“We are acutely aware of the opioid problem,” says Anastassov. “Opioids are here to stay, for acute pain, but not for chronic pain.”
Anastassov says historically many doctors prescribed opioids for chronic pain and were encouraged to do so by the large pharmaceutical companies that developed, studied and distributed opioids. He says this contributed to Pennsylvania’s growing opioid crisis, particularly in rural areas were medical options are limited. Anastassov recognizes other medicines can also replace opioids, but he believes medical marijuana is the best choice to help patients suffering from chronic pain. He says patients taking pharmaceutical cannabis products instead of opioids could play a role in keeping patients from developing addiction to opioids.
“I think pharmaceutical cannabis is the frontrunner,” says Anastassov. “We can dramatically reduce the number of opioids.”
Recent studies support that claim. A paper published April 2 in the medical journal JAMA Internal Medicine found a 14 percent reduction in opioid prescriptions among Medicare patients in states that allow easy access to medical marijuana. Another study also published in April in JAMA Internal Medicine found Medicaid enrollees filled nearly 40 fewer opioid prescriptions per 1,000 people in states that passed medical- or recreational-marijuana laws.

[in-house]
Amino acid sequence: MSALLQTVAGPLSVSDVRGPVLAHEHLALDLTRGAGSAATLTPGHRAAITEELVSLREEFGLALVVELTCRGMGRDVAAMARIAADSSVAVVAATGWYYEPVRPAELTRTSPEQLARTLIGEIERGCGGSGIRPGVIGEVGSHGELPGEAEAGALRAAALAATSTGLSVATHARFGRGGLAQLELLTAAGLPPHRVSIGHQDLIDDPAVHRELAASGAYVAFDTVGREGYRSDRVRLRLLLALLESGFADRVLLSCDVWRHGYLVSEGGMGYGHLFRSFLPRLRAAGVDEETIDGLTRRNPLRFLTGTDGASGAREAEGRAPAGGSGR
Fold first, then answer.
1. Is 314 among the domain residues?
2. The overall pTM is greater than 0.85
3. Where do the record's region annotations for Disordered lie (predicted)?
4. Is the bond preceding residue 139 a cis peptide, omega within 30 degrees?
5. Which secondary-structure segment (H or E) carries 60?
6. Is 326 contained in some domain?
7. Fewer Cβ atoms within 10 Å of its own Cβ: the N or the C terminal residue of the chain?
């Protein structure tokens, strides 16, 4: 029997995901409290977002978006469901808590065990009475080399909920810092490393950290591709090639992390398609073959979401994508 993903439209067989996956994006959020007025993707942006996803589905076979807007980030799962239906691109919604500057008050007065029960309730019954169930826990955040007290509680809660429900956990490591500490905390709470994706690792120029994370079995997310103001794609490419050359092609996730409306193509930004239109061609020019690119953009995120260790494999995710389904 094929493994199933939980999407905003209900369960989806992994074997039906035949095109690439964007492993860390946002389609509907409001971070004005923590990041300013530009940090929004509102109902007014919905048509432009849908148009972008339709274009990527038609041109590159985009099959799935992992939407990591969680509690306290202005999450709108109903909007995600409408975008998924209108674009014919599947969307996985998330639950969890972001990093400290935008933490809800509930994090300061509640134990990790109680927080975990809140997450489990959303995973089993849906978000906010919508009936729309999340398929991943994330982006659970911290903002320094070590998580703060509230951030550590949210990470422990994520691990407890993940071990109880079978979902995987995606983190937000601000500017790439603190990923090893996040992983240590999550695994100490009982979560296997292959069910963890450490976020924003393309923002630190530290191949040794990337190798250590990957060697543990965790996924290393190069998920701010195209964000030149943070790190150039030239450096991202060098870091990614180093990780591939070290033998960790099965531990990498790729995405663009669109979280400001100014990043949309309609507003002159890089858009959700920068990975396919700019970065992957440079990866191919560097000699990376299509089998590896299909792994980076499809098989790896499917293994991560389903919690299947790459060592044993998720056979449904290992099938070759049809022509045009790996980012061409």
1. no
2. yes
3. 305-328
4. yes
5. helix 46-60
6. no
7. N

Patrick Nightingale is a lawyer who represents clients with drug addictions and is the director of marijuana-advocacy group Pittsburgh NORML. He says many of his clients enter the criminal-justice system due to interactions with opioid-related drugs and, over the years, he has seen an increase in clients whose first interaction with opioids was a prescription for legitimate pain.
Nightingale believes providing patients with medical marijuana to deal with chronic pain could be a better solution. “For someone new to pain treatment, these are the type of people to steer to medical cannabis, instead of giving them two to three months of opioids,” says Nightingale. “We are going to see less people with opioid addiction if they have access to medical cannabis in early stage treatment.”